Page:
A Comedy of Bureaucratic Errors : Slow Horses is a spy thriller worthy of Gordon Tullock. (g. patrick lynch, 3/15/24, Law & Liberty)

Until the 1960s, scholars modeled individuals in the public sector as public-spirited in their motivations and work. One of the founding fathers of public choice, the irascible Gordon Tullock worked in the US foreign service in China after completing law school. That experience, and his general skepticism about—well—everything, prompted him to turn his attention to the administrative state. Tullock and his Nobel prize-winning co-author James Buchanan built a model of politics that posited politicians and bureaucrats as self-interested rather than public-spirited and rational rather than angelic. They also included the idea that politics is an exchange process, much like a market. Using those two assumptions, they turned the world of political analysis upside down.

Tullock’s career was illustrious and varied. His work on bureaucracies included two important books studying the administrative state that provided fresh ways to analyze the government agencies that all of us caricature from time to time. We know that the public sector can be inefficient and sclerotic. Bureaucrats avoid responsibility and try to claim credit, and without market signals, the quality of their work is difficult to judge. Taking those institutional constraints and assuming individuals are not angels once they are hired by the government, Tullock argued that bureaucrats work for the same reasons all of us do: to make a living, be happy with our work, and gain the esteem and approbation of others. Because metrics to measure “good” work are hard to find in large non-market organizations, promotion is often more about flattery, popularity, and serving your superior’s wishes, which can lead to consensus views and uniformity of opinion, even incorrect ones.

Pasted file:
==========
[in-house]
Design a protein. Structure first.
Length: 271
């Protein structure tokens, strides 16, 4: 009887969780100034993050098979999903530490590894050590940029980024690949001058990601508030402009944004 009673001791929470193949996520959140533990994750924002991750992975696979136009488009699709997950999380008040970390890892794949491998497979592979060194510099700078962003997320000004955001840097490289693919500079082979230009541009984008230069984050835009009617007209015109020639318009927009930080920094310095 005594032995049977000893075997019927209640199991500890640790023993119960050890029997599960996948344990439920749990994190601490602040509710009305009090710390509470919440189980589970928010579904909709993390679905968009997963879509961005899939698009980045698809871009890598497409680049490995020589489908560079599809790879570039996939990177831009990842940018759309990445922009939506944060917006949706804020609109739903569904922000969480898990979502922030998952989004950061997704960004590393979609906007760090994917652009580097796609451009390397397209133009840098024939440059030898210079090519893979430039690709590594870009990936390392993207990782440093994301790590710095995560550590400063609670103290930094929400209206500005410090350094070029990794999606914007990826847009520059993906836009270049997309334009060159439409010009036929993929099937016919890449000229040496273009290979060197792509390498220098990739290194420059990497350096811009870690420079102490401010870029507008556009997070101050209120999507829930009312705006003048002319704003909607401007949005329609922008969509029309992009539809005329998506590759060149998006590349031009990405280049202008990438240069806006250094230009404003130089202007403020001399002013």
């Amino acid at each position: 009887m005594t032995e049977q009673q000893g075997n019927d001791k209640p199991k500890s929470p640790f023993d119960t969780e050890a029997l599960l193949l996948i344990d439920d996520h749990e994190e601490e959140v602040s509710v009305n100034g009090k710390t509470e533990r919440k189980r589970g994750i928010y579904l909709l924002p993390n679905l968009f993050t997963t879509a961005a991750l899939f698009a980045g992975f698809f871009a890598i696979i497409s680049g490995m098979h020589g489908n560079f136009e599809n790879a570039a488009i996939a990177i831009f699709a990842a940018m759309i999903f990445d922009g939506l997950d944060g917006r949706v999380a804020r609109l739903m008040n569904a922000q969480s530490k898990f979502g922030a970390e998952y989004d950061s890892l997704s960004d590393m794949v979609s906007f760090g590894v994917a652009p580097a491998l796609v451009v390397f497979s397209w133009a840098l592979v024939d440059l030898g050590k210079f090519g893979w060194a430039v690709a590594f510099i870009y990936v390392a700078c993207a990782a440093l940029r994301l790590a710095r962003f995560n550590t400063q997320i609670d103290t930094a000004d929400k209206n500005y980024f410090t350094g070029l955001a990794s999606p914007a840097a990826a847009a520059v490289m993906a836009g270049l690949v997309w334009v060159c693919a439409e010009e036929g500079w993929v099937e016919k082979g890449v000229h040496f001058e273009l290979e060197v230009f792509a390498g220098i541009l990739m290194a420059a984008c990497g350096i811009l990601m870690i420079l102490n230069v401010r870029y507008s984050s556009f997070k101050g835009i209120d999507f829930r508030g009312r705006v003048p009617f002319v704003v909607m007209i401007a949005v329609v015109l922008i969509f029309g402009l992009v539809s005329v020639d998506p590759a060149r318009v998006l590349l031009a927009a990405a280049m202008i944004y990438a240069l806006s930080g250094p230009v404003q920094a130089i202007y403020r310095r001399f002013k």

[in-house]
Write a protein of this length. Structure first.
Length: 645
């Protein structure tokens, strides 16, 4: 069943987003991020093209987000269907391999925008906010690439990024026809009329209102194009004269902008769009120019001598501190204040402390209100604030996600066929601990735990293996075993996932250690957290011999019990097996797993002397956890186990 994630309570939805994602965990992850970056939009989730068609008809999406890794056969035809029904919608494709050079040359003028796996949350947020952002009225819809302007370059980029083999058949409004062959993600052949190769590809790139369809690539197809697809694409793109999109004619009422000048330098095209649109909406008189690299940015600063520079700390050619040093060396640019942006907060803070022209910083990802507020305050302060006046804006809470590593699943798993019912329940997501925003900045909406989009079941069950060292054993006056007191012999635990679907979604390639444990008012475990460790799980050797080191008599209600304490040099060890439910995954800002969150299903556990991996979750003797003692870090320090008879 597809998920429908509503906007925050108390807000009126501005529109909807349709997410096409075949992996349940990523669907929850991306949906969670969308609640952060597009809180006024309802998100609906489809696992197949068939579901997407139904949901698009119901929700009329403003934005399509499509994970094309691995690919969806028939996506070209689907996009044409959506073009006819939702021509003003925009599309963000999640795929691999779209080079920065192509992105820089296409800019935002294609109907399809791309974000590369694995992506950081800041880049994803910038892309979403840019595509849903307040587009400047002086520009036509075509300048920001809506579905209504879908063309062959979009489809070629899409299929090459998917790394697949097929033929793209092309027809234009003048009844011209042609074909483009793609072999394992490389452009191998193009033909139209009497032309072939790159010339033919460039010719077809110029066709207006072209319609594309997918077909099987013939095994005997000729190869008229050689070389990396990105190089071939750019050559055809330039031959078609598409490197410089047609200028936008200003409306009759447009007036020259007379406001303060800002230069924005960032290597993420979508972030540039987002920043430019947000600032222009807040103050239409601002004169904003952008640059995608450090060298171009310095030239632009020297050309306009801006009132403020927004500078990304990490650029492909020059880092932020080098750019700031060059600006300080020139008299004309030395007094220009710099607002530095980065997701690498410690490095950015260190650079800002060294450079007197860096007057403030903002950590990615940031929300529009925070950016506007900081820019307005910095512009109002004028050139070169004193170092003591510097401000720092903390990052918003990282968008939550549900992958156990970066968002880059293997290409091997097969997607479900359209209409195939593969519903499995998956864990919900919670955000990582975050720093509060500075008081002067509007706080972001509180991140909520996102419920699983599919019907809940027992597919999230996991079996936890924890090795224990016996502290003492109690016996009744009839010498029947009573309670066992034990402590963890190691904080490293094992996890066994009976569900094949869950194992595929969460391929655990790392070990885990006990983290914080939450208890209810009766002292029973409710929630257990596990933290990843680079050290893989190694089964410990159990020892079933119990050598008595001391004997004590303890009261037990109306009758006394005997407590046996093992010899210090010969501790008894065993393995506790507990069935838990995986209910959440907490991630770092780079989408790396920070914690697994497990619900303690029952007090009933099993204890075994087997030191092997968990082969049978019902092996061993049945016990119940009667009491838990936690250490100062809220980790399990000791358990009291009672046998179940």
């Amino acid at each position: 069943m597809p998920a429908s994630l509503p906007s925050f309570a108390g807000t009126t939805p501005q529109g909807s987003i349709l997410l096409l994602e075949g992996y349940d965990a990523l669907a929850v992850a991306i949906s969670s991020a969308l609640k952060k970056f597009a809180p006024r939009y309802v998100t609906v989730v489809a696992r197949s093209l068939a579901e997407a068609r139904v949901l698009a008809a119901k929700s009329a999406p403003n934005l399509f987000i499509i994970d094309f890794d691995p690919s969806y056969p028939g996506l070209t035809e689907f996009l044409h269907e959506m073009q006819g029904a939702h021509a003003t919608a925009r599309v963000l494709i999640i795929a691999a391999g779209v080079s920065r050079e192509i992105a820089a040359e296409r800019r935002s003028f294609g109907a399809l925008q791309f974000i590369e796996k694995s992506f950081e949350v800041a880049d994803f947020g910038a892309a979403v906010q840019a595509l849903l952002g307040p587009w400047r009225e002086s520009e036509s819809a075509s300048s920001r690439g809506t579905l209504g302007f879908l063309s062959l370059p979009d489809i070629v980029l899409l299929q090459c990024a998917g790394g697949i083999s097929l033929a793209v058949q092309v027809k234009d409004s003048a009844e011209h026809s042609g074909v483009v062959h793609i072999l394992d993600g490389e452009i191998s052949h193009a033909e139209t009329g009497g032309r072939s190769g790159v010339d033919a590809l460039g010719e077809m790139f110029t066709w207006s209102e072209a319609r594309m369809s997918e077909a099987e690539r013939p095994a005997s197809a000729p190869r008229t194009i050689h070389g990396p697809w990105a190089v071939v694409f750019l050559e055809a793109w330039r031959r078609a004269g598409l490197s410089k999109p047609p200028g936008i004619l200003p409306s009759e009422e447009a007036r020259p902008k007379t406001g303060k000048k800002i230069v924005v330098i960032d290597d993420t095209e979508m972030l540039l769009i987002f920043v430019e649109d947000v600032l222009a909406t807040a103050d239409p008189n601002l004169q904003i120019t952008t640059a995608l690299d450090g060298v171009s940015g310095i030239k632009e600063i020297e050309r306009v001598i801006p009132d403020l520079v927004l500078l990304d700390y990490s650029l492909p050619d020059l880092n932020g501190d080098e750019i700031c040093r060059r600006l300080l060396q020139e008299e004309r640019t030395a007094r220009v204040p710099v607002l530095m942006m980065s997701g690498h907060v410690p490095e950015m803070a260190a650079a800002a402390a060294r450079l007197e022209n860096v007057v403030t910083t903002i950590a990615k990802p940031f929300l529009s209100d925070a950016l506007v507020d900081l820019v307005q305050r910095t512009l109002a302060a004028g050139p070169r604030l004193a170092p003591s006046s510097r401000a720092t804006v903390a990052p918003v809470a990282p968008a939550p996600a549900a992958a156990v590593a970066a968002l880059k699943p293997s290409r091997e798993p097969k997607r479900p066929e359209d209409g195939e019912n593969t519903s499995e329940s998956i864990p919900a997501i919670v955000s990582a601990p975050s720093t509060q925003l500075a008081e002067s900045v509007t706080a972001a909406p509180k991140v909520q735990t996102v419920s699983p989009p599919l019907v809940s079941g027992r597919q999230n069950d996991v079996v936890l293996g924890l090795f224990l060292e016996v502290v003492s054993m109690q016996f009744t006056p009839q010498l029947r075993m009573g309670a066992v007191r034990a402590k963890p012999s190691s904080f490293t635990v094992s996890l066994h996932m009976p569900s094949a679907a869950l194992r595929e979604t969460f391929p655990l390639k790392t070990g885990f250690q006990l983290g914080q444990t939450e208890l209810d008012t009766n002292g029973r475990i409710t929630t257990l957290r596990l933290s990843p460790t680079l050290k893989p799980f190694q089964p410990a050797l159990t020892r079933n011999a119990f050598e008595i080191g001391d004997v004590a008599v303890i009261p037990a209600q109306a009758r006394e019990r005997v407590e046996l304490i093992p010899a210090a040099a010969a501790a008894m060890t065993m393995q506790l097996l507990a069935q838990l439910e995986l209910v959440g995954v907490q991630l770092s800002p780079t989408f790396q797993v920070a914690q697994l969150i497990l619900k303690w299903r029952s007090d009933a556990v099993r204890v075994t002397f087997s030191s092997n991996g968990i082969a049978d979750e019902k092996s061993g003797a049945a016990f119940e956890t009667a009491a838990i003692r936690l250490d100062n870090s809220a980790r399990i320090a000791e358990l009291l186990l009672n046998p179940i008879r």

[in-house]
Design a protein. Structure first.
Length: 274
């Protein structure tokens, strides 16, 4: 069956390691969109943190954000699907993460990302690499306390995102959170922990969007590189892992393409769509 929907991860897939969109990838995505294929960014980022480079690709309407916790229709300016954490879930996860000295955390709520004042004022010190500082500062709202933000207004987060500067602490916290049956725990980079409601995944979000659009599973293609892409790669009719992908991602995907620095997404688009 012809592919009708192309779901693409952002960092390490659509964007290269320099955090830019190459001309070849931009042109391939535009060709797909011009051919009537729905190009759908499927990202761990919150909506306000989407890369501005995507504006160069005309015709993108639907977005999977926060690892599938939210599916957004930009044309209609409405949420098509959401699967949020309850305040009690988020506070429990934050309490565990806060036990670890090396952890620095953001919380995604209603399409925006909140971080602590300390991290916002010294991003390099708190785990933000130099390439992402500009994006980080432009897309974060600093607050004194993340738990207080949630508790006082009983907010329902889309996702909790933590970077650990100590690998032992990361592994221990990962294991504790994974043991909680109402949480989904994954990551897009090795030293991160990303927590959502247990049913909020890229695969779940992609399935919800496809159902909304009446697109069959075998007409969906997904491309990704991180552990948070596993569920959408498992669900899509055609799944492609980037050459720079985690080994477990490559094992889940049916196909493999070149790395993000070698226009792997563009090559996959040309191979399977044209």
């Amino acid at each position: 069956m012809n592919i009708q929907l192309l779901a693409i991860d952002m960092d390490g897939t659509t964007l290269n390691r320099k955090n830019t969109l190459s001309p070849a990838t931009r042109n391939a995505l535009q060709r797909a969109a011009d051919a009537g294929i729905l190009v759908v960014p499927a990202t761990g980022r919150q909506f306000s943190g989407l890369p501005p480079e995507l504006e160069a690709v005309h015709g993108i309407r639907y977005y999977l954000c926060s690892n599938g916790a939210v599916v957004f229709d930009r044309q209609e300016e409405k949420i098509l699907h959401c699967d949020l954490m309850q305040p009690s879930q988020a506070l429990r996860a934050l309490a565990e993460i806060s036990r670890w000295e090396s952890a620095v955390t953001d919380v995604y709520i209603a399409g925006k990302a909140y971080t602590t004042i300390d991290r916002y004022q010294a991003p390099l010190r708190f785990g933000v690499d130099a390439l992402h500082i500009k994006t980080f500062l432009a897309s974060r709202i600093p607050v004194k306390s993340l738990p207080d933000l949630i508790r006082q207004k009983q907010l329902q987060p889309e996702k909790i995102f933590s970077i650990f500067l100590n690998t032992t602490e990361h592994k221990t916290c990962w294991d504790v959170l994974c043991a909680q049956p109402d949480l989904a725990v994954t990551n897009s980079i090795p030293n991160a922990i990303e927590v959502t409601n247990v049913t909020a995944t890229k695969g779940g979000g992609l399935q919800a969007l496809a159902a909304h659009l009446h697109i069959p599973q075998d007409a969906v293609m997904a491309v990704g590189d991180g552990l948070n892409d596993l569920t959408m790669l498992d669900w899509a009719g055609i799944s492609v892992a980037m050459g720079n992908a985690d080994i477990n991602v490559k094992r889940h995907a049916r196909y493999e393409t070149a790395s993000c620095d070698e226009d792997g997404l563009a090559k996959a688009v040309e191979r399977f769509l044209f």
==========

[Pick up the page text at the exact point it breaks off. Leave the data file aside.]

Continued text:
Faulty opinions and unconstrained loyalty loom large in Herron’s world, and he balances realism with a dark humor that’s smart and frequently disarming. I doubt he is familiar with Tullock’s work, but they are kindred spirits in their pursuit of a more realistic way of understanding modern life within large institutions. The premise of the show illustrates another key insight of Tullock: it’s almost impossible to fire incompetent bureaucrats. Slow Horses is based on a fictitious place where MI5 sends those agents who have messed up. Rather than trying to fire them, the flawed agents are sent to a building called “Slough House” run by the aforementioned Jackson Lamb. Lamb is something to behold. He hilariously curses, ridicules, and mocks. But he is also gifted and revered even among the leadership of MI5. Under all of his bluster and cynicism, he helps guide the group in each season through the dangers of spying to endings that might not be “happy” but avoid as much carnage and chaos as possible.